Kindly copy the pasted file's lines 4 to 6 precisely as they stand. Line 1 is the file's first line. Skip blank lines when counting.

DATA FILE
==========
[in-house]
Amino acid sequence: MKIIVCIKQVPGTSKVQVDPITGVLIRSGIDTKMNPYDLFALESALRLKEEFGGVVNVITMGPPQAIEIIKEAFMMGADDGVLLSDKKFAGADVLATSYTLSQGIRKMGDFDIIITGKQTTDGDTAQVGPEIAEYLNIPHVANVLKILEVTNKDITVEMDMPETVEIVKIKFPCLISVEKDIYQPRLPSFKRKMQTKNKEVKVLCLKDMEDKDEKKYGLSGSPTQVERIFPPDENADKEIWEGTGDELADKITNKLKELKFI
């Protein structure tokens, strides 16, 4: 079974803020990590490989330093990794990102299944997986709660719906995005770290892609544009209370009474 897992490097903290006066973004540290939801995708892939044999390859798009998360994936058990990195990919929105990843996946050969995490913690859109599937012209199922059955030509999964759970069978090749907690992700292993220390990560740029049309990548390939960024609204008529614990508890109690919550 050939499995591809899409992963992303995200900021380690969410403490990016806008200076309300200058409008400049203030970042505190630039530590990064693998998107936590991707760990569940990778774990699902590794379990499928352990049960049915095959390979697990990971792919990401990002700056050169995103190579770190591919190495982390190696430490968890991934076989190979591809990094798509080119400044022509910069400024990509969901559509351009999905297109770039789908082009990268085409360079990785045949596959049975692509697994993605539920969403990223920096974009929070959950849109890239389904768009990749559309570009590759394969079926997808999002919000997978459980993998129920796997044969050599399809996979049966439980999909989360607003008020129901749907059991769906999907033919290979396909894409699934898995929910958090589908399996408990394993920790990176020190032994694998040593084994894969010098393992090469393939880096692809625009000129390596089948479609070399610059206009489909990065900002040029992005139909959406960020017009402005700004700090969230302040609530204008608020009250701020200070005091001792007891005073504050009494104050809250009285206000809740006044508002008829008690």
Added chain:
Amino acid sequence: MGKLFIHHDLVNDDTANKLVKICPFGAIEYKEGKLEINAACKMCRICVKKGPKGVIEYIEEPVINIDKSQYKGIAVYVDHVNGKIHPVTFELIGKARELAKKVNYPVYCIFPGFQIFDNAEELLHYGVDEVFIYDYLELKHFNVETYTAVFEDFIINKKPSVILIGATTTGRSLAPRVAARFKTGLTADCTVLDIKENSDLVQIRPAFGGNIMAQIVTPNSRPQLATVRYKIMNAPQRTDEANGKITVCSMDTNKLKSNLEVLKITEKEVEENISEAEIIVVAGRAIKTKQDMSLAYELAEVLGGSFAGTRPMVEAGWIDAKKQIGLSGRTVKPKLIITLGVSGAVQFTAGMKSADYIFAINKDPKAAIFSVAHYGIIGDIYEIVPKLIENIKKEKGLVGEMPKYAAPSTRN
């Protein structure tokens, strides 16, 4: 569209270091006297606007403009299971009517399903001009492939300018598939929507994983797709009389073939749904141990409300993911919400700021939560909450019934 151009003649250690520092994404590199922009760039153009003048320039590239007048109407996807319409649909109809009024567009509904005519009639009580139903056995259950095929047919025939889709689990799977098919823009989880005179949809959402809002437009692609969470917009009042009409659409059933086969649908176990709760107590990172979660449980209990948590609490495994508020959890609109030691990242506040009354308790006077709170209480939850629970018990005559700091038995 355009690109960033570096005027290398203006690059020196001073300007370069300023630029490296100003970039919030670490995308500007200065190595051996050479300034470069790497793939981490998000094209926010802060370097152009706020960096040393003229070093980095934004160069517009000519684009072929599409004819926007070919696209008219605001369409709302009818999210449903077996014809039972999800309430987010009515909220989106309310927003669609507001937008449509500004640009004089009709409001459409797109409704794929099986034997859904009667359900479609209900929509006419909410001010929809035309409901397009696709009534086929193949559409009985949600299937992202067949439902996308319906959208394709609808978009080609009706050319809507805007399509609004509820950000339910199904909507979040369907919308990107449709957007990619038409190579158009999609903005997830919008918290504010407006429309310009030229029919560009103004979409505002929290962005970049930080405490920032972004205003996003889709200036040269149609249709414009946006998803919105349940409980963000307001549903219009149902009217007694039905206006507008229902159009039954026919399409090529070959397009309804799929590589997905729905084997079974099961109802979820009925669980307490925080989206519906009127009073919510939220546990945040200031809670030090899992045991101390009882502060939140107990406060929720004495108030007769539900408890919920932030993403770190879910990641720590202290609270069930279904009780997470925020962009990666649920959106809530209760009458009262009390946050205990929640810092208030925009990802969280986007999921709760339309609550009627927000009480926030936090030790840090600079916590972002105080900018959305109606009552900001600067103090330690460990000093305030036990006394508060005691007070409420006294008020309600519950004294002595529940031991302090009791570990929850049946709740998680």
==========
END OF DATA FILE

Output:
Added chain:
Amino acid sequence: MGKLFIHHDLVNDDTANKLVKICPFGAIEYKEGKLEINAACKMCRICVKKGPKGVIEYIEEPVINIDKSQYKGIAVYVDHVNGKIHPVTFELIGKARELAKKVNYPVYCIFPGFQIFDNAEELLHYGVDEVFIYDYLELKHFNVETYTAVFEDFIINKKPSVILIGATTTGRSLAPRVAARFKTGLTADCTVLDIKENSDLVQIRPAFGGNIMAQIVTPNSRPQLATVRYKIMNAPQRTDEANGKITVCSMDTNKLKSNLEVLKITEKEVEENISEAEIIVVAGRAIKTKQDMSLAYELAEVLGGSFAGTRPMVEAGWIDAKKQIGLSGRTVKPKLIITLGVSGAVQFTAGMKSADYIFAINKDPKAAIFSVAHYGIIGDIYEIVPKLIENIKKEKGLVGEMPKYAAPSTRN
């Protein structure tokens, strides 16, 4: 569209270091006297606007403009299971009517399903001009492939300018598939929507994983797709009389073939749904141990409300993911919400700021939560909450019934 151009003649250690520092994404590199922009760039153009003048320039590239007048109407996807319409649909109809009024567009509904005519009639009580139903056995259950095929047919025939889709689990799977098919823009989880005179949809959402809002437009692609969470917009009042009409659409059933086969649908176990709760107590990172979660449980209990948590609490495994508020959890609109030691990242506040009354308790006077709170209480939850629970018990005559700091038995 355009690109960033570096005027290398203006690059020196001073300007370069300023630029490296100003970039919030670490995308500007200065190595051996050479300034470069790497793939981490998000094209926010802060370097152009706020960096040393003229070093980095934004160069517009000519684009072929599409004819926007070919696209008219605001369409709302009818999210449903077996014809039972999800309430987010009515909220989106309310927003669609507001937008449509500004640009004089009709409001459409797109409704794929099986034997859904009667359900479609209900929509006419909410001010929809035309409901397009696709009534086929193949559409009985949600299937992202067949439902996308319906959208394709609808978009080609009706050319809507805007399509609004509820950000339910199904909507979040369907919308990107449709957007990619038409190579158009999609903005997830919008918290504010407006429309310009030229029919560009103004979409505002929290962005970049930080405490920032972004205003996003889709200036040269149609249709414009946006998803919105349940409980963000307001549903219009149902009217007694039905206006507008229902159009039954026919399409090529070959397009309804799929590589997905729905084997079974099961109802979820009925669980307490925080989206519906009127009073919510939220546990945040200031809670030090899992045991101390009882502060939140107990406060929720004495108030007769539900408890919920932030993403770190879910990641720590202290609270069930279904009780997470925020962009990666649920959106809530209760009458009262009390946050205990929640810092208030925009990802969280986007999921709760339309609550009627927000009480926030936090030790840090600079916590972002105080900018959305109606009552900001600067103090330690460990000093305030036990006394508060005691007070409420006294008020309600519950004294002595529940031991302090009791570990929850049946709740998680």